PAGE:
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Sonata for Cello and Piano

Claude Debussy (b. 1862 - d. 1918)

Composer
Claude Debussy (b. 1862 - d. 1918)
Composition Year
1915
Work Movements
1. Prologue
2. Sérénade
3. Finale
Artists
Nathalia Milstein [piano], Andreas Brantelid [cello]

Programme Note Writer:
©

Claude Debussy [1862-1918]


Sonata for Cello and Piano [1915]

1. Prologue

2. Sérénade

3. Finale


The outbreak of the Great War had a numbing effect on Debussy, who wrote nothing for nine months. However the three months from mid-July 1915 were probably the most productive of his entire life. He completed the two-piano pieces En blanc et noir and composed the two Books of Études at the same time as the Cello Sonata, finishing up with the glorious Sonata for flute, harp and viola. The two Sonatas were part of a grand plan to compose a set of six sonatas for different instruments of which he only completed the first three, the next being the Violin Sonata. The others in the project were for oboe, horn and harpsichord; trumpet, clarinet, bassoon and piano; and finally for an ensemble of all the instruments used in the previous five sonatas together with the gracious assistance of a double-bass. Tom Adès composed a work for the same instruments as the first of these unfinished sonatas as a homage to Debussy, which we featured in the 2000 Festival.


Some idea of the hostility that Debussy encountered can be gleaned from this note that Saint-Saëns sent to Fauré: I suggest you look at the pieces for 2 pianos called Noir et Blanc which M.Debussy has just published. It's unbelievable and we must at all costs bar the door of the Institut against a man capable of such atrocities; they're fit to stand beside Cubist paintings. The Cello Sonata probably upset the venerable composer, born in the lifetime of Cherubini, every bit as much. The Sonata is famous for its employment of timbre as a structural agent, in particular its use of pizzicato. In the first movement the cello plays arco throughout, in the second movement nearly half the bars include pizzicato and in the finale about a quarter. This vision of the cello as a giant bass guitar moves it decisively away from its nineteenth-century legato inheritance.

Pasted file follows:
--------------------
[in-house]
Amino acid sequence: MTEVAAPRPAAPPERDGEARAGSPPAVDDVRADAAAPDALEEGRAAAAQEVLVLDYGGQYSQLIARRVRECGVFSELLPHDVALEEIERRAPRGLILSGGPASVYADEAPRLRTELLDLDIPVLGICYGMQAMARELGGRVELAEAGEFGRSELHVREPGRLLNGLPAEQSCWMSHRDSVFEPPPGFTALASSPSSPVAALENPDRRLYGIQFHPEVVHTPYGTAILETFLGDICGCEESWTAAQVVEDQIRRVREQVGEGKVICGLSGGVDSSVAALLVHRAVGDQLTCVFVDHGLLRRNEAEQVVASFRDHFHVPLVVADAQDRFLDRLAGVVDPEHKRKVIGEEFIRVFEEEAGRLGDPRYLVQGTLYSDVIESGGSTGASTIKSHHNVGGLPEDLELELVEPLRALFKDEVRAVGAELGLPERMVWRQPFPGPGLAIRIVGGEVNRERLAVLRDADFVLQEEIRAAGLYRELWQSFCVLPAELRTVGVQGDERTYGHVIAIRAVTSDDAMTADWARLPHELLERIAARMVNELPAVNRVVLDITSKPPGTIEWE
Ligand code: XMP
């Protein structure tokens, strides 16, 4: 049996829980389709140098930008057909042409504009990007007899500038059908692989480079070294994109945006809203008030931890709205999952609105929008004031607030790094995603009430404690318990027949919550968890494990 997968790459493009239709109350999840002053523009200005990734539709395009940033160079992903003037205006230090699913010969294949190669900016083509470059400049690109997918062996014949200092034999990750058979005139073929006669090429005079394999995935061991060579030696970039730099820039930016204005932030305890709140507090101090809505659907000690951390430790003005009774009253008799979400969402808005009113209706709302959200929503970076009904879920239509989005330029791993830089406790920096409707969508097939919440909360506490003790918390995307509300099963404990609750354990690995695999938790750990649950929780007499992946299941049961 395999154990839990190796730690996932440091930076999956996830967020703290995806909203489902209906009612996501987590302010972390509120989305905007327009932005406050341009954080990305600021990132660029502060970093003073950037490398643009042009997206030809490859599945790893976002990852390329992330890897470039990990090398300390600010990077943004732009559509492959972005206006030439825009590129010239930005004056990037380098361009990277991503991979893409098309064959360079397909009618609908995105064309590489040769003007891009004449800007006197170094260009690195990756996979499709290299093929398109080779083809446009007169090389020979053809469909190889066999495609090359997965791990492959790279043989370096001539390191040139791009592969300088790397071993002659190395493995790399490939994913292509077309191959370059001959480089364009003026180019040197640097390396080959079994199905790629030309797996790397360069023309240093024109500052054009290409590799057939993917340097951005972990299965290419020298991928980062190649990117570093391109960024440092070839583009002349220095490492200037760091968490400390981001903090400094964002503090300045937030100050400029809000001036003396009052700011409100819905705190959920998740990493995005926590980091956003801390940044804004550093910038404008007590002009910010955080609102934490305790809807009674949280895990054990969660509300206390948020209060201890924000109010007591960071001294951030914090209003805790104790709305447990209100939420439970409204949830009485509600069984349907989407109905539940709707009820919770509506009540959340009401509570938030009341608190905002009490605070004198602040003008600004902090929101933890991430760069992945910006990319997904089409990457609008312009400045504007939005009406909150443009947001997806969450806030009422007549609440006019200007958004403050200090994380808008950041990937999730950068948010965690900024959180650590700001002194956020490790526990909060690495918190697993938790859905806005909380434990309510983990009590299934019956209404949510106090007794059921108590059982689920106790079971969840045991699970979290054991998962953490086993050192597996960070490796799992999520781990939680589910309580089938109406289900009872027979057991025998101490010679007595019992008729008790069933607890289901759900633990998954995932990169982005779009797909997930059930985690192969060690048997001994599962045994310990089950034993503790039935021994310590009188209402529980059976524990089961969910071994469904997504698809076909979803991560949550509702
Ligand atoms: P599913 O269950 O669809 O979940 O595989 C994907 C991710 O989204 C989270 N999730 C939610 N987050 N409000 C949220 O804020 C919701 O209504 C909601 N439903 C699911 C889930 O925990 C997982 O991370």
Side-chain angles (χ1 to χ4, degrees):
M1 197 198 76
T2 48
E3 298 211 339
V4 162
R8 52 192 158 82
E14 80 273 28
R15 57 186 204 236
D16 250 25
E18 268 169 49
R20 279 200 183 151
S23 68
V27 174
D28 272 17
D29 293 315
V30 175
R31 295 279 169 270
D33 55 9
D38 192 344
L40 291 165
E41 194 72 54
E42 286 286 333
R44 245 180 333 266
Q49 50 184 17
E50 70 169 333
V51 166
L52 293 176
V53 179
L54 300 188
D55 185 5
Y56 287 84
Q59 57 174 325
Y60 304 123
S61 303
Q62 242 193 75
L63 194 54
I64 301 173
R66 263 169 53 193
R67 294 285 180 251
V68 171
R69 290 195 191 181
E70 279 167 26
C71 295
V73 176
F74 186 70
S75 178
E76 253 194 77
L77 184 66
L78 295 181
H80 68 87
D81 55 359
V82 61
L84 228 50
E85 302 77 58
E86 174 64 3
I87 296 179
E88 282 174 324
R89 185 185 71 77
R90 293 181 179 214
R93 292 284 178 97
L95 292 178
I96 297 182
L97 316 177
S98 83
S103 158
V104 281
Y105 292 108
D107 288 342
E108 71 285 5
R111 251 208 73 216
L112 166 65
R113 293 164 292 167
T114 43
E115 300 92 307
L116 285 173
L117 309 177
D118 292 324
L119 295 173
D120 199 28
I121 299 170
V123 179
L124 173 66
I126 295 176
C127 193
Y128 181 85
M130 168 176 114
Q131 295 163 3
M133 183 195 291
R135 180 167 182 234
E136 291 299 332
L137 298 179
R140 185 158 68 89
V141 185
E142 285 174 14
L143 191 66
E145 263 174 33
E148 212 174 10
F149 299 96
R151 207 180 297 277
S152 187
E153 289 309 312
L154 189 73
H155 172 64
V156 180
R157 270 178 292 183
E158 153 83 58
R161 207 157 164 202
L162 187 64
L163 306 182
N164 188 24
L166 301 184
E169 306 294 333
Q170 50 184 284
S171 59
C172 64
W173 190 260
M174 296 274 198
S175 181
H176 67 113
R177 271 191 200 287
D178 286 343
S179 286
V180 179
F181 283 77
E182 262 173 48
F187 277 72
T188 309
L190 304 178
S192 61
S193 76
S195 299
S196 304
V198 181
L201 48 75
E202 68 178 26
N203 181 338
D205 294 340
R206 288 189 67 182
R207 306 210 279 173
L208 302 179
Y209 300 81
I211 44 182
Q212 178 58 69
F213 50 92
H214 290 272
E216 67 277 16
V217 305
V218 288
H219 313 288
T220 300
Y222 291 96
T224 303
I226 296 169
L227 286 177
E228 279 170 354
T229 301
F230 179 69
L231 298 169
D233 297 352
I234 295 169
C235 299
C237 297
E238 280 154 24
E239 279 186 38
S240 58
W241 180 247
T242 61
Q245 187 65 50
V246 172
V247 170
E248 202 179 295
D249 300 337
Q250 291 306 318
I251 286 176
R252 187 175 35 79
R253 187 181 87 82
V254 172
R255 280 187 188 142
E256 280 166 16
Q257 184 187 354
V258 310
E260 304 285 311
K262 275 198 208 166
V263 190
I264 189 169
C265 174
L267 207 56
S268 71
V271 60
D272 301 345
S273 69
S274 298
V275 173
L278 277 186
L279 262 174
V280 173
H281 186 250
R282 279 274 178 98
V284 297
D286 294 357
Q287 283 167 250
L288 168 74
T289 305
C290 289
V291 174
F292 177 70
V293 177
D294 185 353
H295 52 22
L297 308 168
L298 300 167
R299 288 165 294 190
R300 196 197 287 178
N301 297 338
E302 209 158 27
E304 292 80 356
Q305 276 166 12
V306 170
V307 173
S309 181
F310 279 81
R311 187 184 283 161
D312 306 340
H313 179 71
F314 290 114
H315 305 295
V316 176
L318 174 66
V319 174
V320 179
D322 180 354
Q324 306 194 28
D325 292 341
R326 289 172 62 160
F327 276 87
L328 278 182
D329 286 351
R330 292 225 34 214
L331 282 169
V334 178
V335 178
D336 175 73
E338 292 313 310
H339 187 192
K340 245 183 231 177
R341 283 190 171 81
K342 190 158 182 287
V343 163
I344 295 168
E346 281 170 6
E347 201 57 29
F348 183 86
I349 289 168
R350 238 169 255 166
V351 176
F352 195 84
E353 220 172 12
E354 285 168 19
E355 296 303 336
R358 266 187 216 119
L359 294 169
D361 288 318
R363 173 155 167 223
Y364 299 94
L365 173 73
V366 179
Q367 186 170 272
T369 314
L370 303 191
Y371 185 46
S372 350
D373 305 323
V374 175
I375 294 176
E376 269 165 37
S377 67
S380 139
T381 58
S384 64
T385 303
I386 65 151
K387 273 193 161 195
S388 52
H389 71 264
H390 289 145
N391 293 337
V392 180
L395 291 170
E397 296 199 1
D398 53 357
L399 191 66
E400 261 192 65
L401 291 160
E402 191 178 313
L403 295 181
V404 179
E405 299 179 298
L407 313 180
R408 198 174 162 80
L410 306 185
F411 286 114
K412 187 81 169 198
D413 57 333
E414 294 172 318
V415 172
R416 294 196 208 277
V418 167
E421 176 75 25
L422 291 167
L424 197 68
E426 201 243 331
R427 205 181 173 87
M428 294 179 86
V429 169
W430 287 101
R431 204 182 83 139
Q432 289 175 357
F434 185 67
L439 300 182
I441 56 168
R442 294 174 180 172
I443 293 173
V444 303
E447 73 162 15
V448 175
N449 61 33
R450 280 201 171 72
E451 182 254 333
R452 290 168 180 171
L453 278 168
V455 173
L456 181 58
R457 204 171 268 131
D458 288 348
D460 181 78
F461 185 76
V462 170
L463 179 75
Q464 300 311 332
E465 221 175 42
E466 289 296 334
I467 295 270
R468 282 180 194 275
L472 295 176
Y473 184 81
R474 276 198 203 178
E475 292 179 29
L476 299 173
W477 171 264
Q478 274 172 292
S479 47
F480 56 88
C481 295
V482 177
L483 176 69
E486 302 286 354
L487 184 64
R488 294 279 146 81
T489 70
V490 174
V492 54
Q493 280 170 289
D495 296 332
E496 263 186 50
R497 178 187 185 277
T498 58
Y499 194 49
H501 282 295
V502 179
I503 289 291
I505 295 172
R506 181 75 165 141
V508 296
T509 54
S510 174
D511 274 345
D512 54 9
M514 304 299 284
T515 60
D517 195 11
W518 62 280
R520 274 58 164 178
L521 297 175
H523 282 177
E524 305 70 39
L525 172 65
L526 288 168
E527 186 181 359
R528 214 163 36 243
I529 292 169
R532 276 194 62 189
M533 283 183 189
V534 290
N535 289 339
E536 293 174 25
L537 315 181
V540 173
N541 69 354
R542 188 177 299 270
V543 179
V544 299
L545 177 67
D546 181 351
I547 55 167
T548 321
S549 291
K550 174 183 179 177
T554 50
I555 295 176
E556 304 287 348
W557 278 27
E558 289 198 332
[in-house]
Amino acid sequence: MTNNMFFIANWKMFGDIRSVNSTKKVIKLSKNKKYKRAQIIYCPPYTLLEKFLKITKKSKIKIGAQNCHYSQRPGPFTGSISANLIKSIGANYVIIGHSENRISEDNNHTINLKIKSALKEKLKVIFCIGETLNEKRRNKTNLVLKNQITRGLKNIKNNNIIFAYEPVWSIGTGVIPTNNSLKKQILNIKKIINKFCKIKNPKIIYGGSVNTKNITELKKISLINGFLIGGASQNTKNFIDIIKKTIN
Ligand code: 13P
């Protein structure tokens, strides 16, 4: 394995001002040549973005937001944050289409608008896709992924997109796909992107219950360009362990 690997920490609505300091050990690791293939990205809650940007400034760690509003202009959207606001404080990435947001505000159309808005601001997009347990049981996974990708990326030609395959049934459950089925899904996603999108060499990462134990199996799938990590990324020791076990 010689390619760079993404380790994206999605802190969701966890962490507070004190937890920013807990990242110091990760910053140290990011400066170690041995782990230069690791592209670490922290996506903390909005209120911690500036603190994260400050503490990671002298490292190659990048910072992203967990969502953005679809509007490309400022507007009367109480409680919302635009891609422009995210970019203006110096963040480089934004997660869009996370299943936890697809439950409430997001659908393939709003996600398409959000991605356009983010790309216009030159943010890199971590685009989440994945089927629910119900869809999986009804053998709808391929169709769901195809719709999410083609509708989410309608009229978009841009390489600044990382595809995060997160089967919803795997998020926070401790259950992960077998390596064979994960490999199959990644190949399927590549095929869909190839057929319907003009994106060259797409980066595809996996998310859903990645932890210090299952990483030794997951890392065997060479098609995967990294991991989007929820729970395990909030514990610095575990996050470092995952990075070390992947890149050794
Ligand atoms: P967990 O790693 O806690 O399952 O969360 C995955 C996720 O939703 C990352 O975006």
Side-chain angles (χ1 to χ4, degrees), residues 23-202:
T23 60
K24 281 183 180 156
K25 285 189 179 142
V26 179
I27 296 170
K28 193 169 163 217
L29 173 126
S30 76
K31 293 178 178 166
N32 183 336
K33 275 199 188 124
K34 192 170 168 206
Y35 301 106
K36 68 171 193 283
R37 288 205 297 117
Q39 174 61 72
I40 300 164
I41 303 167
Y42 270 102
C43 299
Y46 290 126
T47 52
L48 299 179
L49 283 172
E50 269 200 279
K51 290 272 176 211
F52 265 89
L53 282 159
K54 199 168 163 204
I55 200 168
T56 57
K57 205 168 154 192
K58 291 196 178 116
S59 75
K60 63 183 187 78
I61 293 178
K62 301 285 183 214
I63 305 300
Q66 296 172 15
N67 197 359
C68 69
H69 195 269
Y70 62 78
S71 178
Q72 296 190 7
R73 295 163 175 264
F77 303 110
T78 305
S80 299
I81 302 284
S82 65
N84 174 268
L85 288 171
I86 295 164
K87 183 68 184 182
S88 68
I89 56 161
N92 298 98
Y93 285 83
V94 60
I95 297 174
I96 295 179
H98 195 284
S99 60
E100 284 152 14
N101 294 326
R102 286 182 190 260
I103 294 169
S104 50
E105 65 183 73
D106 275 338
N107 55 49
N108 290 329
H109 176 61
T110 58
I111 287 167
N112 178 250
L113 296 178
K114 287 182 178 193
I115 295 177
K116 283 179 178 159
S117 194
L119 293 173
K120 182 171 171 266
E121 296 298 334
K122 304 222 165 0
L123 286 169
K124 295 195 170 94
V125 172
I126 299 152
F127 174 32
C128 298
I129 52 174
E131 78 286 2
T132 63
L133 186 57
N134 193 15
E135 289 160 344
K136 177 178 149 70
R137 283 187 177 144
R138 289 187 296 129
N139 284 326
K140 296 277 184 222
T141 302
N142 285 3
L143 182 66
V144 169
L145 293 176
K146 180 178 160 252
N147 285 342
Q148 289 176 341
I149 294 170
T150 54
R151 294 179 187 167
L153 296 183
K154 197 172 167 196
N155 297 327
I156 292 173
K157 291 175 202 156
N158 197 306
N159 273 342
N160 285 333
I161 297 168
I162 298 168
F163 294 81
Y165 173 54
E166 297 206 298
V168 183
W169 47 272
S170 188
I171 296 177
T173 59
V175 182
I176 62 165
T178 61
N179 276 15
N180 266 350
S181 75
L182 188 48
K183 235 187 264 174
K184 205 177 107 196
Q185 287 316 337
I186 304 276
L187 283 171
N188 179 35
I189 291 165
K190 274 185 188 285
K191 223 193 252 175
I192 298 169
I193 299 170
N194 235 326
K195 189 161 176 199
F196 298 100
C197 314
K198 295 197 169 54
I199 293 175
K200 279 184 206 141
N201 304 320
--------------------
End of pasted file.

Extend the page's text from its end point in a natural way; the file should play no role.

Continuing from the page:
The opening bars make it clear that the piano, Debussy's instrument, is not going to go along with the idea of just being an accompanist. This Prologue is mostly concerned with the main theme, which the cello explores in some detail though without any sense of linear development. There is a brief central section with an increase in tempo before the two instruments return to their languid explorations. Despite the discussion above, the cellist gets plenty of opportunity to display his expressive talents. The Serenade hails from the guitar-at-the-window tradition but the effects are witty rather than romantic and any attempt at romance is immediately and mercilessly mocked. Debussy originally dubbed the work Pierrot angry at the moon and this movement clearly fits that title. The Finale enters without a break with the first real theme in the so-called sonata but it quickly runs into the sort of problems that would have upset Saint-Saëns but will hardly worry a modern audience. In all it is a cheekily challenging work full of delightful incidents and some deliciously understated music.

Francis Humphrys




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Sonata for Cello and Piano

Composer: Claude Debussy (b. 1862 - d. 1918)
Performance date: Tuesday 3rd July 2018
Venue: Bantry House Library, Bantry, Co. Cork, Ireland,